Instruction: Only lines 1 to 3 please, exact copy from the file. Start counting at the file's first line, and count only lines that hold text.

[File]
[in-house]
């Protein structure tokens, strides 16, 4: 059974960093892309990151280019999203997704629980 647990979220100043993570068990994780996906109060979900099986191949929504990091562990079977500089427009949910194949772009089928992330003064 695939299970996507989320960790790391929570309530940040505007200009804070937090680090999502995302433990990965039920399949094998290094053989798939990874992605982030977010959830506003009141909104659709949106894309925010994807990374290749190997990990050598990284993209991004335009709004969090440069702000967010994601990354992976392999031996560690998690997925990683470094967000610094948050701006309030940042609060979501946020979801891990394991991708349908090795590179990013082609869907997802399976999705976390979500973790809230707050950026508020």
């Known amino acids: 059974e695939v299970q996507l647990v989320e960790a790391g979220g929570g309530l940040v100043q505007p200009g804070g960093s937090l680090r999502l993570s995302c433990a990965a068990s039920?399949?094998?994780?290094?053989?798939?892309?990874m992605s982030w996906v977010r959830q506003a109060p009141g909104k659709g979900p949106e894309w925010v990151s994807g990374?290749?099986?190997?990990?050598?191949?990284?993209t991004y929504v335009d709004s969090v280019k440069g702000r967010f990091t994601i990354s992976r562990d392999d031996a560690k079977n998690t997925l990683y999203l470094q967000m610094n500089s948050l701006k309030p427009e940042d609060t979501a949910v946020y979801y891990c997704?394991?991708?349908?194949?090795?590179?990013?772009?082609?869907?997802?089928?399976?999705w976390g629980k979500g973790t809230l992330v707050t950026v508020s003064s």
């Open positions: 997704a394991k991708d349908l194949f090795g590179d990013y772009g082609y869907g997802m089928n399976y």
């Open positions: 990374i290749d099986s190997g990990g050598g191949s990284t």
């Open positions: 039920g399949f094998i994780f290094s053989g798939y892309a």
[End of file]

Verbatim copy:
[in-house]
């Protein structure tokens, strides 16, 4: 059974960093892309990151280019999203997704629980 647990979220100043993570068990994780996906109060979900099986191949929504990091562990079977500089427009949910194949772009089928992330003064 695939299970996507989320960790790391929570309530940040505007200009804070937090680090999502995302433990990965039920399949094998290094053989798939990874992605982030977010959830506003009141909104659709949106894309925010994807990374290749190997990990050598990284993209991004335009709004969090440069702000967010994601990354992976392999031996560690998690997925990683470094967000610094948050701006309030940042609060979501946020979801891990394991991708349908090795590179990013082609869907997802399976999705976390979500973790809230707050950026508020």
């Known amino acids: 059974e695939v299970q996507l647990v989320e960790a790391g979220g929570g309530l940040v100043q505007p200009g804070g960093s937090l680090r999502l993570s995302c433990a990965a068990s039920?399949?094998?994780?290094?053989?798939?892309?990874m992605s982030w996906v977010r959830q506003a109060p009141g909104k659709g979900p949106e894309w925010v990151s994807g990374?290749?099986?190997?990990?050598?191949?990284?993209t991004y929504v335009d709004s969090v280019k440069g702000r967010f990091t994601i990354s992976r562990d392999d031996a560690k079977n998690t997925l990683y999203l470094q967000m610094n500089s948050l701006k309030p427009e940042d609060t979501a949910v946020y979801y891990c997704?394991?991708?349908?194949?090795?590179?990013?772009?082609?869907?997802?089928?399976?999705w976390g629980k979500g973790t809230l992330v707050t950026v508020s003064s």